I feel that it’s very hard to take what little we know of childbirth in ancient times and cross reference it with contemporary midwifery to construct some semblance of a historical picture. Ina May Gaskin’s efforts to bring birthing back to it’s natural state are commendable, but were women in ancient times as blissful in their pregnancies as Ina May’s patients?

Let’s look at what little we know about childbirth in the Roman world. Death in childbirth was much more common. Was this because of the nature of natural births or the remedies being prescribed? Pliny had some wild ideas for aiding childbirth. In Midwives and Maternity Care in the Roman World, Valerie French recounts some of his folk medicine remedies: “According to Pliny, fumigations with the fat from hyaena loins produce immediate delivery for women in difficult labor… A drink sprinkled with powdered sow’s dung will relieve the pains of labor, as will sow’s milk mixed with honey wine… Delivery can also be eased by drinking goose semen mixed with water or ‘the liquids that flow from a weasel’s uterus through its genitals'” (2). Imagine being in the throws of labor and having to drink vile concoctions on top of trying to push a baby out! While these alternative methods may strike contemporary humans as grotesque, they may have proven beneficial on the basis of placebo effect. But, even so, it’s hard to imagine the placebo effect would outweigh the disease and infection that surely spread with such unsanitary conditions!

However, there is something to be said about the placebo effect. I am a firm believer in the power of the mind. I imagine that the state of a woman’s mind has a lot to do with her pregnancy. 1st century BCE Greek physician Soranus recognized “that a woman’s attitude and state of mind can have an important bearing on the ease of her delivery” (9). A woman in fear is going to restrict her muscles in response to said fear, thereby making her birth even more difficult. What can allay a pregnant woman’s fears? It seems that women under the tutelage of Ina May and those of ancient times had something in common. A pregnant woman in Rome “had the constant company of some of her female relatives and the midwife to encourage her and to divert her mind from the pains of labor” (4). This setting sounds very familiar to the births depicted in the film Birth Story: Ina May Gaskin & The Farm Midwives. Perhaps this is why Soranus suggests that midwives must be highly competent, free from superstition, and learned. A good midwife insured the safety of the mother and child, just as she does today. Her temperament can have a great effect on the mother’s psyche.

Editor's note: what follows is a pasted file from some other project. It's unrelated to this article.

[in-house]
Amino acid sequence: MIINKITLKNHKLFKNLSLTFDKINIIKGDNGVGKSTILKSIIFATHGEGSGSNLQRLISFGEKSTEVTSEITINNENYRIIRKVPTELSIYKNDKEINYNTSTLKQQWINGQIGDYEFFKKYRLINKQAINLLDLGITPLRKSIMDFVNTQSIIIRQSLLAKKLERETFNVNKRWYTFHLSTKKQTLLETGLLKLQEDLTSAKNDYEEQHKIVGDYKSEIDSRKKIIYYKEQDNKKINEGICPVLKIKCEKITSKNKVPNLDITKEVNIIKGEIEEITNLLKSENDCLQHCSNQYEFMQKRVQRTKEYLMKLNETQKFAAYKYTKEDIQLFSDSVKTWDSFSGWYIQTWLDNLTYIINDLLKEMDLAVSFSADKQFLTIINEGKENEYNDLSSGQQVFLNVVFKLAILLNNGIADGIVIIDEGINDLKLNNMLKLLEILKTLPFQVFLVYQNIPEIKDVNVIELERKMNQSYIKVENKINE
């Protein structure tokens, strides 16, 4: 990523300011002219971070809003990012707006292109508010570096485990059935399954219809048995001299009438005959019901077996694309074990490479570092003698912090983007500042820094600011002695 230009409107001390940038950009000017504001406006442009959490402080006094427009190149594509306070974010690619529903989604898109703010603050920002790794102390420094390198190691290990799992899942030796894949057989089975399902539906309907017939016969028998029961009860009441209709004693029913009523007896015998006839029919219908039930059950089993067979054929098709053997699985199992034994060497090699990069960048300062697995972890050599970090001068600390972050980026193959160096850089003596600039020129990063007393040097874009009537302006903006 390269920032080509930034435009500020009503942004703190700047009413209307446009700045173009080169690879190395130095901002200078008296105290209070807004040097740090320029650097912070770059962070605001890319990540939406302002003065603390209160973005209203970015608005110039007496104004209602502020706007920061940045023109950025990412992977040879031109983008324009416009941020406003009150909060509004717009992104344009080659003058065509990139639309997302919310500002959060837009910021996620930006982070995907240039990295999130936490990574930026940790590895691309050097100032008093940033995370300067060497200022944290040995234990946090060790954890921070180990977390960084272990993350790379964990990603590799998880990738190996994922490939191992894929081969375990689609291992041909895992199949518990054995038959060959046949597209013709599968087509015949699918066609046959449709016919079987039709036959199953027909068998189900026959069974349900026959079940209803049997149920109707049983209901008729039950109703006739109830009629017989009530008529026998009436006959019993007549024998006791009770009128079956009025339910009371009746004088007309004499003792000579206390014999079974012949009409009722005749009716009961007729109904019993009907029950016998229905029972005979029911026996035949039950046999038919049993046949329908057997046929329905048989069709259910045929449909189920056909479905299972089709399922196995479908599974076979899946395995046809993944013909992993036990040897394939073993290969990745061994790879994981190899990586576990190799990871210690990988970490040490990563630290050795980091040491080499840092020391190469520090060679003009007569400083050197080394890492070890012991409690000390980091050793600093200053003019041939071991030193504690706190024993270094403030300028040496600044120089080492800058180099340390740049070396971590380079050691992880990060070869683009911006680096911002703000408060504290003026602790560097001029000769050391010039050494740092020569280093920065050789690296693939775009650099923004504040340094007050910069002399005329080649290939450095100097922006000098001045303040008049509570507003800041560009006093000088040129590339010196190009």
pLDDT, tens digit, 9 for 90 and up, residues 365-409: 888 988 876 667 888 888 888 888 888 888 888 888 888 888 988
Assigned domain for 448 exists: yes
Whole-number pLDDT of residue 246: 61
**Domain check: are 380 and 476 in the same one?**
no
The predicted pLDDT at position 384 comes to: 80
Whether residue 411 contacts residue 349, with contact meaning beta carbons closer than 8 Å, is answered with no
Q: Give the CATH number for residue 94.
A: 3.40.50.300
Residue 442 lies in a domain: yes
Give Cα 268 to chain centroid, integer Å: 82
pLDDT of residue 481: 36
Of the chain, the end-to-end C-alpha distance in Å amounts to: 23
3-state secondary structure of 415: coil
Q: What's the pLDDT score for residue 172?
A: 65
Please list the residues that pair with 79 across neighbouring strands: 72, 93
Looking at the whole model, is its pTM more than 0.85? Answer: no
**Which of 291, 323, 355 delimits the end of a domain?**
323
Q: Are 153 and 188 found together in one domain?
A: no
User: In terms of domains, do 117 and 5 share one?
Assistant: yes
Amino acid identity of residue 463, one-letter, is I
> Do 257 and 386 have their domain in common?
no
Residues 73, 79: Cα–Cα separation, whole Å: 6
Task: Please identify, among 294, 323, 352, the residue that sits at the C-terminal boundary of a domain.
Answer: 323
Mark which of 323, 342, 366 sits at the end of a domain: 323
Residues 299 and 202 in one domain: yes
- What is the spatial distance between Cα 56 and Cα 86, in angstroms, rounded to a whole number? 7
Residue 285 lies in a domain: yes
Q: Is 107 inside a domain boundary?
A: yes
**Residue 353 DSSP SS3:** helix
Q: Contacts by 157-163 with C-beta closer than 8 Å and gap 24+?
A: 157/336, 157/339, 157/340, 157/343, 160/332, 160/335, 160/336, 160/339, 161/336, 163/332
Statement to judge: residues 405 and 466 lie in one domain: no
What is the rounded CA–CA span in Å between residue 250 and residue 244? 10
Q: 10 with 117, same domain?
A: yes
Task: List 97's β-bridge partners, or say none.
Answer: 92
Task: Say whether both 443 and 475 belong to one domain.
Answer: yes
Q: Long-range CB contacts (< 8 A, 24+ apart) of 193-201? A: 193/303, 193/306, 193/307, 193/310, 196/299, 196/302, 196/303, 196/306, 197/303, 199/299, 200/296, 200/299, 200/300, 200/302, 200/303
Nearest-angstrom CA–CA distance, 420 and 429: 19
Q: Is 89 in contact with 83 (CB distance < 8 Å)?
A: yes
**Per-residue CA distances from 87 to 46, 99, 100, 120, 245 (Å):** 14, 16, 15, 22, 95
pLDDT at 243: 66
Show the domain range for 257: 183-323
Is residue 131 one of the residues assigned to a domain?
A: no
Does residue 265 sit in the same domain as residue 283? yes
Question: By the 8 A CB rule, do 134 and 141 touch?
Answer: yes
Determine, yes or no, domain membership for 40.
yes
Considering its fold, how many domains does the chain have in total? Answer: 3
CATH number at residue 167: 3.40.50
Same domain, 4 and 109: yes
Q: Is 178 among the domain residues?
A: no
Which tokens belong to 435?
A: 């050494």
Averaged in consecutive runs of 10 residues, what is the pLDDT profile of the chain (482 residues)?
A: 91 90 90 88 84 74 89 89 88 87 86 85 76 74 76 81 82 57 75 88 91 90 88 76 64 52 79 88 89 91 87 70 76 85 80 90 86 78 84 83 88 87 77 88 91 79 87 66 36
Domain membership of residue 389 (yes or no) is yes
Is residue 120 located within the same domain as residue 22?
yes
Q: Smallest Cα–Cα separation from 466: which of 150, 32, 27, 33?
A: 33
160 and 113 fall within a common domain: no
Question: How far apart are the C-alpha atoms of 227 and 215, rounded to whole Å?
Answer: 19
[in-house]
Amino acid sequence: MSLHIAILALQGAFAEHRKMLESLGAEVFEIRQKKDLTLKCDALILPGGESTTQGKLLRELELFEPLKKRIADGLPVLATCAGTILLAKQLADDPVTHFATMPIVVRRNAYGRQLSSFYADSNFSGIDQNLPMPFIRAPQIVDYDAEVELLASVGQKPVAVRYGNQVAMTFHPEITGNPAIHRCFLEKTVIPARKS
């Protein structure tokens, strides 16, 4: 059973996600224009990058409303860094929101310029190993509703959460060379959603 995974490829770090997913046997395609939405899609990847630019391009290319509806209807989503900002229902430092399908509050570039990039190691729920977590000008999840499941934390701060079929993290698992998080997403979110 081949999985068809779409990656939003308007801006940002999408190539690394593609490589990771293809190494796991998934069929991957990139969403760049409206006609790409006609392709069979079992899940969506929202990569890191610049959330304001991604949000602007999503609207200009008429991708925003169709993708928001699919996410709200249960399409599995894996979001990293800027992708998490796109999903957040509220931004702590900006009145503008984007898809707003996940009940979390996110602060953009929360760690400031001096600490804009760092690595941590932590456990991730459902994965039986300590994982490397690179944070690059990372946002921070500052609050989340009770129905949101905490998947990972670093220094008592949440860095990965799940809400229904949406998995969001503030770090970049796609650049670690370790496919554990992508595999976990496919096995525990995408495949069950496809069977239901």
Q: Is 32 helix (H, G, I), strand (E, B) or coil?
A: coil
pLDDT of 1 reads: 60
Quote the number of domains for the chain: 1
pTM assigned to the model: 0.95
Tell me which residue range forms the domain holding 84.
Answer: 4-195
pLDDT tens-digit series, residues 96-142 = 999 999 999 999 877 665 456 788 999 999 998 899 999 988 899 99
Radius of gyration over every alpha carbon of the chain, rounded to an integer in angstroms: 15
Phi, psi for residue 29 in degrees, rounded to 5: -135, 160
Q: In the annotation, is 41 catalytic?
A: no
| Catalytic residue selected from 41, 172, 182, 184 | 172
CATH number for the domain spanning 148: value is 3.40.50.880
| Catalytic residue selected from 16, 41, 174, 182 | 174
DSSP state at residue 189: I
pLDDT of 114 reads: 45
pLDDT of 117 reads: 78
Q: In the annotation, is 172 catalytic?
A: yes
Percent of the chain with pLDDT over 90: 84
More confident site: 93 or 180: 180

Valerie French posits that “well trained midwives were more likely to come from the Eastern, Hellenized end of the Mediterranean Basin” where midwifery was a more esteemed profession. Practitioners in the west were of a servile origin and were placed in a relatively low social status. Whether it is true or not that infant mortality in the Greco-Roman world depended on the socio-economic class of an individual (which appears logical) I think, comparatively speaking, those who were lucky to come under the care of a midwife who was trained by someone like Soranus would find themselves in better care than those drinking animal semen.

Were any of these ancient women really experiencing what a birth would be like on “The Farm”? Ina May’s community of midwives seems not only to be unique in the history of the world, but unique in contemporary times when the majority of women opt to give birth in a hospital. In Ina May’s Guide to Childbirth, Ina May talks about how “Ecstatic birth gives inner power and wisdom to the woman who experiences it” (xiii). Is this ecstatic birth, as she calls it, not achievable in a hospital setting? I have yet to experience a birth in a hospital, so I cannot personally speak to the matter, but I imagine it may not have the same effect. It seems logical to me that something as natural as birth should be performed in a natural setting. After watching the intriguing film Birth Story: Ina May Gaskin & The Farm Midwives, I am personally ready to hand myself over to Ina May if I ever have a child. Her wealth of knowledge and confidence in her work is inspiring. I have admittedly harbored anxiety about birth since I was old enough to understand the meaning of the word. I always viewed it as a necessary event in the average woman’s life; an event that most cannot wait to get over with. To have my preconceived notions of birth turned on their head and to be reminded of the power of thought was comforting.

“The use of the will as the projector of mentative currents is the real base of all mental magic”

– William Walker Atkinson

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